Early conversations are imperative. They allow families to plan on a variety of levels. First, early interventions allow for the person, diagnosed with any form of dementia, to seek medical treatment right away. Getting a diagnosis and finding a trusted medical professional allows the person to explore all medical opportunities. They may be candidates for medications that may or may not slow the progression of the disease. They may also be interested in pursuing life changes that could impact their overall health. Programs are springing up all over the country that focus on Brain Health and provide opportunities for those in the early stages of memory loss to stay active and receiveopportunities for those in the early stages of memory loss to stay active and receive support from people experiencing similar issues. It also allows caregivers to seek support early on how to cope with changes.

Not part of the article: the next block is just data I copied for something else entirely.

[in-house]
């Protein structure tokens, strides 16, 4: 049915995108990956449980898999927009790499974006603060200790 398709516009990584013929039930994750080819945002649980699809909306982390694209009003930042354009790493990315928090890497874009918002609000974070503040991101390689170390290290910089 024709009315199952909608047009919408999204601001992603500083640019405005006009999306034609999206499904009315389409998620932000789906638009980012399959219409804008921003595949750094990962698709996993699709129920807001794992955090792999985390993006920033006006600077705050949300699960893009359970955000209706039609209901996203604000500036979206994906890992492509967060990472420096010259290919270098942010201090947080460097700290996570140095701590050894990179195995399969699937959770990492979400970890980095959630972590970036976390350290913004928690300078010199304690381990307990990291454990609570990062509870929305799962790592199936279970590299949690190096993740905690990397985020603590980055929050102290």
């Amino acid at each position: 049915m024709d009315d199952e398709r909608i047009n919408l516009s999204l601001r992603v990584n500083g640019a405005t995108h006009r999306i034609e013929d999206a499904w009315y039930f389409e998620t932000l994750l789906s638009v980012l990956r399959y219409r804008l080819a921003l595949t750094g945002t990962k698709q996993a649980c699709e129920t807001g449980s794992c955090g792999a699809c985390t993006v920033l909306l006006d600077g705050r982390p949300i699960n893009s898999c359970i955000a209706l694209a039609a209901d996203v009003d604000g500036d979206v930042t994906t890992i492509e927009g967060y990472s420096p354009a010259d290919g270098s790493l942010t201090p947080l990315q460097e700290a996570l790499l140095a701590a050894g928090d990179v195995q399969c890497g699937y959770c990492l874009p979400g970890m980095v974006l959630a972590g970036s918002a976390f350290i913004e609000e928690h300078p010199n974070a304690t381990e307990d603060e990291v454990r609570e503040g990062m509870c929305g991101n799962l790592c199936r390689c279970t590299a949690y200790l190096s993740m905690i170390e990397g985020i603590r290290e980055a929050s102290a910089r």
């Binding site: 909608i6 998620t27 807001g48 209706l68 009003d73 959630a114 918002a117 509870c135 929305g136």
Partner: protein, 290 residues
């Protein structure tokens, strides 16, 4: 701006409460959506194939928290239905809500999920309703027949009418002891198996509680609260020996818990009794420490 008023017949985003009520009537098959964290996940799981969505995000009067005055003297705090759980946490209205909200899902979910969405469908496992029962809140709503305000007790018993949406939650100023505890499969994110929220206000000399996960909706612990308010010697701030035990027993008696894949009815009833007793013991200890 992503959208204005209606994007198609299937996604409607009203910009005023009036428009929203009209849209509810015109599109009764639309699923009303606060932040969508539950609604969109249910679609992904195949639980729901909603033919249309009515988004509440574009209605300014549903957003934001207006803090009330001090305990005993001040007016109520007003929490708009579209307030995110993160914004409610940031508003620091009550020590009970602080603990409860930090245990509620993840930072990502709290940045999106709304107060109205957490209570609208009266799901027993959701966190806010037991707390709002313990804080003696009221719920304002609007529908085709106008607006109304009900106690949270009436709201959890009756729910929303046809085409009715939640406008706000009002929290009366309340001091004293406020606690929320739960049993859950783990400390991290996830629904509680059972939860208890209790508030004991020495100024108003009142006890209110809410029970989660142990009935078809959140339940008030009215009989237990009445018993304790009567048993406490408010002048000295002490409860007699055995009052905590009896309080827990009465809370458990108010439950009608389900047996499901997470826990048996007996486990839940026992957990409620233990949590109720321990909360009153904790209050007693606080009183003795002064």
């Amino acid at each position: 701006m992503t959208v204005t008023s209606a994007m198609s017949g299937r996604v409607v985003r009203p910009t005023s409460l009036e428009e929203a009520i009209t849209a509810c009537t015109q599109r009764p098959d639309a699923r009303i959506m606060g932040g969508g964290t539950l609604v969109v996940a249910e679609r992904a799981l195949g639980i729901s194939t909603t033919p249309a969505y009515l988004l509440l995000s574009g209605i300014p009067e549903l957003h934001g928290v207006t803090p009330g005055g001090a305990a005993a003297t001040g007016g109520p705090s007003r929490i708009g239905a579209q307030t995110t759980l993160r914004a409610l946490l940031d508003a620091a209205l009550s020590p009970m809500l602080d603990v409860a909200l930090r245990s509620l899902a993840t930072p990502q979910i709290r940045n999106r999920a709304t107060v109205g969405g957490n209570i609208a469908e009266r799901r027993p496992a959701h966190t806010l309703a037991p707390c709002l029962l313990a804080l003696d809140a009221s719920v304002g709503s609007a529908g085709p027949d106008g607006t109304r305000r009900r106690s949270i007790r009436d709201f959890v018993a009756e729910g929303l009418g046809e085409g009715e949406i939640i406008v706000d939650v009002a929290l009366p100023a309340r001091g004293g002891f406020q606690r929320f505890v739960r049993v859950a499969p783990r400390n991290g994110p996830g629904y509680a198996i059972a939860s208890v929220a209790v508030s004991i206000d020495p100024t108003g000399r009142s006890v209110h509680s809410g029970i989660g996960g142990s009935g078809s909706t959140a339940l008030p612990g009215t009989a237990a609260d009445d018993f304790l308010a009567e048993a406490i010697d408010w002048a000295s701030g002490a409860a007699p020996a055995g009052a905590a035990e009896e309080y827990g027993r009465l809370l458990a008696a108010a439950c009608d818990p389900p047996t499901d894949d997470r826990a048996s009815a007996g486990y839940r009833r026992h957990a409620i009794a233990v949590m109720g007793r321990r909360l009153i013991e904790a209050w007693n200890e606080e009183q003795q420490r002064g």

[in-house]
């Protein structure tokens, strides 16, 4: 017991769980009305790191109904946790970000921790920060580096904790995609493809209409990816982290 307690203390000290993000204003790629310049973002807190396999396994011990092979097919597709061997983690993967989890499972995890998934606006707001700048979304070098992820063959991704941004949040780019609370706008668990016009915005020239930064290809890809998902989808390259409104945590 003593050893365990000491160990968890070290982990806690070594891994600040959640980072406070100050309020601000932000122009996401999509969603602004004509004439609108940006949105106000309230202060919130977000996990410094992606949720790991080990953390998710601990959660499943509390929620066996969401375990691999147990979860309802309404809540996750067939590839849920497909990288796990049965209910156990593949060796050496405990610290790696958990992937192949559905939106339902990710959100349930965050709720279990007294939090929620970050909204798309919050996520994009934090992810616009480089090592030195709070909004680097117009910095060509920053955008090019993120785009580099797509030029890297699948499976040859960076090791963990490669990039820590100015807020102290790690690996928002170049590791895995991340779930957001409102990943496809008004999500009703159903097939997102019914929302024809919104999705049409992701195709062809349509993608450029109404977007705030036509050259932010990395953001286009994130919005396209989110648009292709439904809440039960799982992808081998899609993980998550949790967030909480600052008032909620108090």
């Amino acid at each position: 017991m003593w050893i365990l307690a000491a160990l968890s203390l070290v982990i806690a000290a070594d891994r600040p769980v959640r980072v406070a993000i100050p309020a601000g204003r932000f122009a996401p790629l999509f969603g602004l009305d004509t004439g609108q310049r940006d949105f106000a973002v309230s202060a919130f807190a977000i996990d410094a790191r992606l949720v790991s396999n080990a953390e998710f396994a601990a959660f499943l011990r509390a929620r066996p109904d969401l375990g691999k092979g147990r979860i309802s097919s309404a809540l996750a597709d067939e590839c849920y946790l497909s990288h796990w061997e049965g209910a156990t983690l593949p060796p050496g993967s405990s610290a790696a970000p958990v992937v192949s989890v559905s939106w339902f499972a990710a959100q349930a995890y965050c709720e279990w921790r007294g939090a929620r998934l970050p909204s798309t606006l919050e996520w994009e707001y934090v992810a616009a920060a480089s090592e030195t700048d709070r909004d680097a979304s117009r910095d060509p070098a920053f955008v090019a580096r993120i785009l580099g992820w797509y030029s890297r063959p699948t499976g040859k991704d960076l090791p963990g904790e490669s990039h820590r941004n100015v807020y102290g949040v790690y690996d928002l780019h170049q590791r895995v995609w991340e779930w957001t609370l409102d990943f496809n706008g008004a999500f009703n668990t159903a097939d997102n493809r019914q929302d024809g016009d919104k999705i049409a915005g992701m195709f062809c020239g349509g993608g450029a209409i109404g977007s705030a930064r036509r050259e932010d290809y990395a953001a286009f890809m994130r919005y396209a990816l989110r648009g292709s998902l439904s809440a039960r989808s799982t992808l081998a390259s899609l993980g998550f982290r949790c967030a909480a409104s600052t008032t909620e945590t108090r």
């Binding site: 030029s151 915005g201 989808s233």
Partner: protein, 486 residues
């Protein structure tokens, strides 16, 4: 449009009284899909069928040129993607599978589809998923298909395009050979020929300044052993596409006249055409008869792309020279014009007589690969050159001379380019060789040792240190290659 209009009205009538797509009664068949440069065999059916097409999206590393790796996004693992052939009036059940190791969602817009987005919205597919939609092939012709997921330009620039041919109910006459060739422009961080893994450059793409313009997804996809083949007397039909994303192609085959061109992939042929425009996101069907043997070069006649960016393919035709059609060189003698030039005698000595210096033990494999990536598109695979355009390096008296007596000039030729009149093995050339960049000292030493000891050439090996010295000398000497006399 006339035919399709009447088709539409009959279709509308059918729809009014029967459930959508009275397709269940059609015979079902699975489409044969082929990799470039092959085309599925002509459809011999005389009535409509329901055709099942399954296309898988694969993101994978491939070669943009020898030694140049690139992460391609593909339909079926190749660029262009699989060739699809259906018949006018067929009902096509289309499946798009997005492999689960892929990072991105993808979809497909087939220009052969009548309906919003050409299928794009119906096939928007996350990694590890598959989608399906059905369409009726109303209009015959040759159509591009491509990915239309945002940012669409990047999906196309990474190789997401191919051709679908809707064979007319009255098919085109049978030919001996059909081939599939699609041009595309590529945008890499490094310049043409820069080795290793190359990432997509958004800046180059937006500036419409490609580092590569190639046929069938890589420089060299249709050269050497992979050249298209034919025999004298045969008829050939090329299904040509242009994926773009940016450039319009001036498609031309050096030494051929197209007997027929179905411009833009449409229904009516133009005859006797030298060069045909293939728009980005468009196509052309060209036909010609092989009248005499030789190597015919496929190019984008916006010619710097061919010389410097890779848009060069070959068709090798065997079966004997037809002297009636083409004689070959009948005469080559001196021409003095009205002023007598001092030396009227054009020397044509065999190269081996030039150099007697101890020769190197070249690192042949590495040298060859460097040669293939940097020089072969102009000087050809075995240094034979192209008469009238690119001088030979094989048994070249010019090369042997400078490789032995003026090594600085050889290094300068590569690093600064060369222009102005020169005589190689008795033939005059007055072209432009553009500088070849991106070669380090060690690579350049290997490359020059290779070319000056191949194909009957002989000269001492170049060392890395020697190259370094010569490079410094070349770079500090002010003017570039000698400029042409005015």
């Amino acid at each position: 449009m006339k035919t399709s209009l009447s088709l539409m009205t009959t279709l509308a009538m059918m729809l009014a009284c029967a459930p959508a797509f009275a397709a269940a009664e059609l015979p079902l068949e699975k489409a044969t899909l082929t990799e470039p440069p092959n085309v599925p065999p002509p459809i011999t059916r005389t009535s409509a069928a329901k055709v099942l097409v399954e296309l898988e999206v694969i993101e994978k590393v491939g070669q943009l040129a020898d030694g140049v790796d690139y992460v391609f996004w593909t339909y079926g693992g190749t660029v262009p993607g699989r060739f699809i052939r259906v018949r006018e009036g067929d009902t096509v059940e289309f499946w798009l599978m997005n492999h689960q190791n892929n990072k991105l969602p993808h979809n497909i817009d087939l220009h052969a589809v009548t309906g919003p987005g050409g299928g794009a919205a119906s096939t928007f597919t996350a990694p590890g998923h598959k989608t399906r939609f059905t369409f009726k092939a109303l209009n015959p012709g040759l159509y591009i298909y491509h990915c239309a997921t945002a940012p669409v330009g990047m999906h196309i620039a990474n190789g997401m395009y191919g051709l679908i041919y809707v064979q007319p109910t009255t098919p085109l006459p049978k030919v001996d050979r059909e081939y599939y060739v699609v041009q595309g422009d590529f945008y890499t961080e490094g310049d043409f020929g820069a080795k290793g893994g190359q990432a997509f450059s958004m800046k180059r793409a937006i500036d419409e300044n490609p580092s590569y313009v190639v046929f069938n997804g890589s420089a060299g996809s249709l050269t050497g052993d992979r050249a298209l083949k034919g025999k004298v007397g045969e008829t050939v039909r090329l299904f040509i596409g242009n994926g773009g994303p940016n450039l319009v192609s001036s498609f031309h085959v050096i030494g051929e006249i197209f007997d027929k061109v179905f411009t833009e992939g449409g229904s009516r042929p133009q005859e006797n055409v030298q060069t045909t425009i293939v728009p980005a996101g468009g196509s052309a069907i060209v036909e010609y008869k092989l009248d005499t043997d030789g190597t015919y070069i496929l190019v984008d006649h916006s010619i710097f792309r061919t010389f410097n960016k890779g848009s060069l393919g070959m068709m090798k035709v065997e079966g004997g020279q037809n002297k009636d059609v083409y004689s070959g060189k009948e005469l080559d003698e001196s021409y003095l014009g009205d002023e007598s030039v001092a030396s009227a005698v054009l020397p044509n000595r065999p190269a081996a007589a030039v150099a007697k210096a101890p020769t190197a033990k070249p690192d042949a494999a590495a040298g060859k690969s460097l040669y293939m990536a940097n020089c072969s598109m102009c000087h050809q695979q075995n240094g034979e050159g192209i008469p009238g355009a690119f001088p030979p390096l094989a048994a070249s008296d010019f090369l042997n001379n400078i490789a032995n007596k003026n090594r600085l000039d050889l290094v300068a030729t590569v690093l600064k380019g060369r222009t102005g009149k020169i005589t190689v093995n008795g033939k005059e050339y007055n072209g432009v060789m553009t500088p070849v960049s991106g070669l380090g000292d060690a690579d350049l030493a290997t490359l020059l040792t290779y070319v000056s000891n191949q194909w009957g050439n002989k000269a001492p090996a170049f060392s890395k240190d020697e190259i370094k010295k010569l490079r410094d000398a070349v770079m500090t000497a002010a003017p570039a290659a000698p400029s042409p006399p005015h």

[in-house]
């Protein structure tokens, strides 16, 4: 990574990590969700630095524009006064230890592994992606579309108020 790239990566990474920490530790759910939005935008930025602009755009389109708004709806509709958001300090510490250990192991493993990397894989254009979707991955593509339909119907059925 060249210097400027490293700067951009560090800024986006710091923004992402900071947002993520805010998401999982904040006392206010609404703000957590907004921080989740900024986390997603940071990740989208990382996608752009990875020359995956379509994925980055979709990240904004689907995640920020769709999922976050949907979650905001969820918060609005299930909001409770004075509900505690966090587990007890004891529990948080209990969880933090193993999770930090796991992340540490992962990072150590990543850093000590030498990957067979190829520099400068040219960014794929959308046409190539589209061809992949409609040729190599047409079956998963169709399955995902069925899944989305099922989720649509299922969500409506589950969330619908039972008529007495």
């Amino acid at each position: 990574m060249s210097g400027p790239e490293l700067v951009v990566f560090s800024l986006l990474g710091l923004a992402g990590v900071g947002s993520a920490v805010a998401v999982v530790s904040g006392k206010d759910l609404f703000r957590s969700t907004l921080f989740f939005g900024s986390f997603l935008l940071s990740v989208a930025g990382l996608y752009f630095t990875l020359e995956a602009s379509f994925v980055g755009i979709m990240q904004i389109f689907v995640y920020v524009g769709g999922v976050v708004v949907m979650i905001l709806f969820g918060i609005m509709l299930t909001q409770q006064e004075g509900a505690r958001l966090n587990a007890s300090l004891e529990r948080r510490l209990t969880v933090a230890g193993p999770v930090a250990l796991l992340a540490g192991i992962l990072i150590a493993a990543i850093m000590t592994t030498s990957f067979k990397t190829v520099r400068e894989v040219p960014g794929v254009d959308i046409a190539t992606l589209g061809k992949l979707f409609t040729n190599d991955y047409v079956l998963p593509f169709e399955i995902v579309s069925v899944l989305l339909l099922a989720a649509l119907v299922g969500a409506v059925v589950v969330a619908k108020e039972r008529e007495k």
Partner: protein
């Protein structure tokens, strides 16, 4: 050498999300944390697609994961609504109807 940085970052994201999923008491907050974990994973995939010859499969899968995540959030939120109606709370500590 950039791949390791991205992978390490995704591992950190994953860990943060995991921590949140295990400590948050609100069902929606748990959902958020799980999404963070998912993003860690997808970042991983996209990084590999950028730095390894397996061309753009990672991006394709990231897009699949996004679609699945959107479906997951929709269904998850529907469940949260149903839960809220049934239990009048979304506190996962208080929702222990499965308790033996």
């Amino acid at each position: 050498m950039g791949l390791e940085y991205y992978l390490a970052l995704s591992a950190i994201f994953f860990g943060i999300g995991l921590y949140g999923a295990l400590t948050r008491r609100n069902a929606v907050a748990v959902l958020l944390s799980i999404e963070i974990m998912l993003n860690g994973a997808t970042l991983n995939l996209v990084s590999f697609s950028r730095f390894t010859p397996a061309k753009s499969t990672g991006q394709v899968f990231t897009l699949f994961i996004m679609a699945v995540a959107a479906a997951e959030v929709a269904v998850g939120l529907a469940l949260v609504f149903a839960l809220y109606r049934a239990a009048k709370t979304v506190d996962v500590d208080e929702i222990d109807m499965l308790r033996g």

Talking about memory issues also allows families to make financial plans. Sometimes, some of the earliest signs of memory loss occur when a person makes poor financial decisions. Since people with memory loss are at an increased risk of being victims of financial fraud, interventions allow the family to meet with financial planners and attorneys to protect the personʼs financial interests and provide them with the greatest number of options for future care. A recent article in Kiplingerʼs, entitled “Prepare for the Financial Impact of Alzheimer’s”, did a great job of addressing the financial needs of planning for Alzheimer’s.